The Familiar series by Mark Z. Danielewski. This is recommended with caveats: it may be hard as shit to read, he writes in a sort of stream-of-consciousness with odd punctuation that varies from character to character. The format also changes: some parts are told through what look like YouTube screenshots, others are dialogues, etc. The story jumps all over the place, because each chapter focuses on different characters and there are a bunch, but things seem to maybe be drawing together? The "main main" character is a young teenage girl who finds a kitten in a storm. It's very hard to describe, but I'm really into it. There are two books out (The Familiar Vols 1 and 2) and I think it's meant to be a trilogy, but we'll see. If you're familiar (haha) with House of Leaves, then you'll have some idea of what The Familiar is like. The books themselves are just really pretty too, I think.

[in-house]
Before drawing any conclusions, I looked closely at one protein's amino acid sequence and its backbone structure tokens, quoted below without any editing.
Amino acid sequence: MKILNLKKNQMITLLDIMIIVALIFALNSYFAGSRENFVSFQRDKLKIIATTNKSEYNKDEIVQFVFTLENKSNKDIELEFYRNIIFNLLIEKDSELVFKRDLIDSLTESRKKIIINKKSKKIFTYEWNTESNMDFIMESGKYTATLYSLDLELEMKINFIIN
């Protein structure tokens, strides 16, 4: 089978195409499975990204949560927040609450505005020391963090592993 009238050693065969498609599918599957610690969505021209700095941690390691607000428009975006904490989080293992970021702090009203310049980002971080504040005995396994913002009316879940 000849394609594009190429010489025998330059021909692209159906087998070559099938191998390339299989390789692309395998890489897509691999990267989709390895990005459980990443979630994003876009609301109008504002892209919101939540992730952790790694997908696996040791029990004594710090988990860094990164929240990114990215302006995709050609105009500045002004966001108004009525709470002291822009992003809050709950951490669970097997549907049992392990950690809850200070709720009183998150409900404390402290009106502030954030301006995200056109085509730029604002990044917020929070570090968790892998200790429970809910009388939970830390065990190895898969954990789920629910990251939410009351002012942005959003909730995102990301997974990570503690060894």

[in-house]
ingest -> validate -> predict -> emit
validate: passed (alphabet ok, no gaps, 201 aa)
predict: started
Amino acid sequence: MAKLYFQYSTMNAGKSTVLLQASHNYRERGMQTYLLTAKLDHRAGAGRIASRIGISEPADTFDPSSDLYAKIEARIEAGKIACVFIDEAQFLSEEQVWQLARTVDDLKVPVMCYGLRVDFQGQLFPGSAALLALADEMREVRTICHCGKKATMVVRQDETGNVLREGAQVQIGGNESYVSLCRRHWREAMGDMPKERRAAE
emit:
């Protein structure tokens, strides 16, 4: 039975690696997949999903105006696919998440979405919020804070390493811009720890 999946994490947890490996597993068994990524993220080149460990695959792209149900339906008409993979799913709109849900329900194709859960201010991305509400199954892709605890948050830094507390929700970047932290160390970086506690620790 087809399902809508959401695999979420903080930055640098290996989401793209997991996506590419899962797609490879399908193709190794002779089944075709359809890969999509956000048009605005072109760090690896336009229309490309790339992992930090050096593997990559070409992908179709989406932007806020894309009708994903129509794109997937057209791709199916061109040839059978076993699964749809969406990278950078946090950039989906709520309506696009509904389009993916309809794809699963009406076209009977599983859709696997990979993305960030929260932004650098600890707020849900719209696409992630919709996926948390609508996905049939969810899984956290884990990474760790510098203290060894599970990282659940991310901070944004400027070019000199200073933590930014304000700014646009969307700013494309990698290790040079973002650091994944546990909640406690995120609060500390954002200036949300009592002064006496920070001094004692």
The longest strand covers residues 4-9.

Anything by David Mitchell. I think he's got an interesting premise going on that ties a lot of his books together, as well as recurring characters, and I really like his brand of fantasy, which is very grounded in the world as it is/was (with some forays into potential futures). I don't know, authors that create worlds where their books are set but the books aren't necessarily linked sequentially is a Thing I really love. The Bone Clocks is probably my favorite, but it's hard to choose.

    Woo I was gonna do more but I suddenly ran out of brain energy and it's long enough anyway. I love reading, it's my main hobby, please feel free to ask me about specifics or whatnot!
    • Like x 2
  7. Exohedron

    Exohedron Doesn't like words

    Fiction: I'm really enjoying Marie Brennan's memoirs of Lady Trent. They're styled as Victorian-era travelogues written by the first in-universe woman to make a formal study of dragons. I like the stylistic choice, although it comes with a bit of the exoticising/Orientalist xenophobia that actual Victorian travelogues tend to have. But they're fun, and the main character has no impulse control.